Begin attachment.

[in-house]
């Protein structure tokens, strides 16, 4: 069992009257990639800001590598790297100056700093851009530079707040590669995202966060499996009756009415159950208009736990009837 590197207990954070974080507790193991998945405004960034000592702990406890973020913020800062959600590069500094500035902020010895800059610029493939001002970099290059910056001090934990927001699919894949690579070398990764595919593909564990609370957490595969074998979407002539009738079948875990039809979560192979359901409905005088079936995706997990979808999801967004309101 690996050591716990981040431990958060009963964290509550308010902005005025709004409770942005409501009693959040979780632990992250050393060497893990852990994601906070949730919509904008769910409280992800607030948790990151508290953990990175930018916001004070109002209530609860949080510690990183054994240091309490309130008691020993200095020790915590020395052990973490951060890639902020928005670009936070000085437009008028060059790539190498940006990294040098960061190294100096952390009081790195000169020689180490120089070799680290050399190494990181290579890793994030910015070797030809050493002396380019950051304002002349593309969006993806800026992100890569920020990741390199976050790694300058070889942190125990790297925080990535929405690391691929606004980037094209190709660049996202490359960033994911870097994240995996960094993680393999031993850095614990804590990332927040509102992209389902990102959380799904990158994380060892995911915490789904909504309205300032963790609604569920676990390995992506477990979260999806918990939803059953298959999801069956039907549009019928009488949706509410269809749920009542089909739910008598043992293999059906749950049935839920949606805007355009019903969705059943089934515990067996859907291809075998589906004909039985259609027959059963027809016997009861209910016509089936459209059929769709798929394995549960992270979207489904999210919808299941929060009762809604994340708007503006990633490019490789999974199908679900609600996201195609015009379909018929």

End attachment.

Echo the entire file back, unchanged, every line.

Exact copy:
[in-house]
């Protein structure tokens, strides 16, 4: 069992009257990639800001590598790297100056700093851009530079707040590669995202966060499996009756009415159950208009736990009837 590197207990954070974080507790193991998945405004960034000592702990406890973020913020800062959600590069500094500035902020010895800059610029493939001002970099290059910056001090934990927001699919894949690579070398990764595919593909564990609370957490595969074998979407002539009738079948875990039809979560192979359901409905005088079936995706997990979808999801967004309101 690996050591716990981040431990958060009963964290509550308010902005005025709004409770942005409501009693959040979780632990992250050393060497893990852990994601906070949730919509904008769910409280992800607030948790990151508290953990990175930018916001004070109002209530609860949080510690990183054994240091309490309130008691020993200095020790915590020395052990973490951060890639902020928005670009936070000085437009008028060059790539190498940006990294040098960061190294100096952390009081790195000169020689180490120089070799680290050399190494990181290579890793994030910015070797030809050493002396380019950051304002002349593309969006993806800026992100890569920020990741390199976050790694300058070889942190125990790297925080990535929405690391691929606004980037094209190709660049996202490359960033994911870097994240995996960094993680393999031993850095614990804590990332927040509102992209389902990102959380799904990158994380060892995911915490789904909504309205300032963790609604569920676990390995992506477990979260999806918990939803059953298959999801069956039907549009019928009488949706509410269809749920009542089909739910008598043992293999059906749950049935839920949606805007355009019903969705059943089934515990067996859907291809075998589906004909039985259609027959059963027809016997009861209910016509089936459209059929769709798929394995549960992270979207489904999210919808299941929060009762809604994340708007503006990633490019490789999974199908679900609600996201195609015009379909018929």